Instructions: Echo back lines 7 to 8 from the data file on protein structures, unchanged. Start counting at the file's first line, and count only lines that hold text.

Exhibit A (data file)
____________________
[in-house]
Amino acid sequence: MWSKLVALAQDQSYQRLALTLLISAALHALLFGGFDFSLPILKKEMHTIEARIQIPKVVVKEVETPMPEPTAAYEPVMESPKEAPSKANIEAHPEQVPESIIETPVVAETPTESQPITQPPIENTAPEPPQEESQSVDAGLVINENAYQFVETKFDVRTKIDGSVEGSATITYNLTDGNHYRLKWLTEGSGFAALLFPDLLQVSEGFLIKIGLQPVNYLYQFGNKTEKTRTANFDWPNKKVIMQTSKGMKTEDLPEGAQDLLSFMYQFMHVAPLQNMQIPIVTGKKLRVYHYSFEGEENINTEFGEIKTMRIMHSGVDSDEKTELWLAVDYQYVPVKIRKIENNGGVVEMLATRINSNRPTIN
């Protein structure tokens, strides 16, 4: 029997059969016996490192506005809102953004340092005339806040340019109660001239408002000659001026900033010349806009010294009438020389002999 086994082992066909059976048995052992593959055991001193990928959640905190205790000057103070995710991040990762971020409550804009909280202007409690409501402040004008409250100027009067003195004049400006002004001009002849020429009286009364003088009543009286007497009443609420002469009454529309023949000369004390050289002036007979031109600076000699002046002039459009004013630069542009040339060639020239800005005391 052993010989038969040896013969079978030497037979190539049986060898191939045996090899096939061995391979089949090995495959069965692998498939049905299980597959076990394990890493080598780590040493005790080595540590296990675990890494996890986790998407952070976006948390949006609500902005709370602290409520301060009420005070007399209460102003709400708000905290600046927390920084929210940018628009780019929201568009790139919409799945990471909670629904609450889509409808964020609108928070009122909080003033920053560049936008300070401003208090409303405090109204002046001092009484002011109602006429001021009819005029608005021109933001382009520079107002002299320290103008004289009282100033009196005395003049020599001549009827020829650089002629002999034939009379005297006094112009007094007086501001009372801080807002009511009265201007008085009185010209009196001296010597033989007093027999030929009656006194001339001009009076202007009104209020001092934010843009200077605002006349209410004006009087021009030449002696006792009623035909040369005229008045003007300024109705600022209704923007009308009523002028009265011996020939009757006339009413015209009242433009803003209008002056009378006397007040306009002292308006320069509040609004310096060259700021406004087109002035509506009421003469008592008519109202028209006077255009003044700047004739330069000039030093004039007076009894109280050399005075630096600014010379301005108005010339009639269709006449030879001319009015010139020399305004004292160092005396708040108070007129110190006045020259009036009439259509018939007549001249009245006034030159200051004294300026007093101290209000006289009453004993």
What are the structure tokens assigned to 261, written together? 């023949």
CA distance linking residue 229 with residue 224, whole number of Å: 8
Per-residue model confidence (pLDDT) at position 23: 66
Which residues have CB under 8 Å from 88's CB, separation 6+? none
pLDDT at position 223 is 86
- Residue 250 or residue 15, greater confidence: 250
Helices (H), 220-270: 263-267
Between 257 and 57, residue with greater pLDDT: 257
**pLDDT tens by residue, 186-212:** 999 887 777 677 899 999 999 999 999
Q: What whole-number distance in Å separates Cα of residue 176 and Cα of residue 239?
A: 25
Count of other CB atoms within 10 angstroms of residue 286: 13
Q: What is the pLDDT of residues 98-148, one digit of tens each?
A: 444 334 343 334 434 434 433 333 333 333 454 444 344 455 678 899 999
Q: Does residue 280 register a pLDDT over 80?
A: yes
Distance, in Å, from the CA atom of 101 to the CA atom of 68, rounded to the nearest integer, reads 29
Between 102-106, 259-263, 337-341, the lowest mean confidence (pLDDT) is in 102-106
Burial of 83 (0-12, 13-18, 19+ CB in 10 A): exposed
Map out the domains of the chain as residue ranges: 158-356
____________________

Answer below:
Which residues have CB under 8 Å from 88's CB, separation 6+? none
pLDDT at position 223 is 86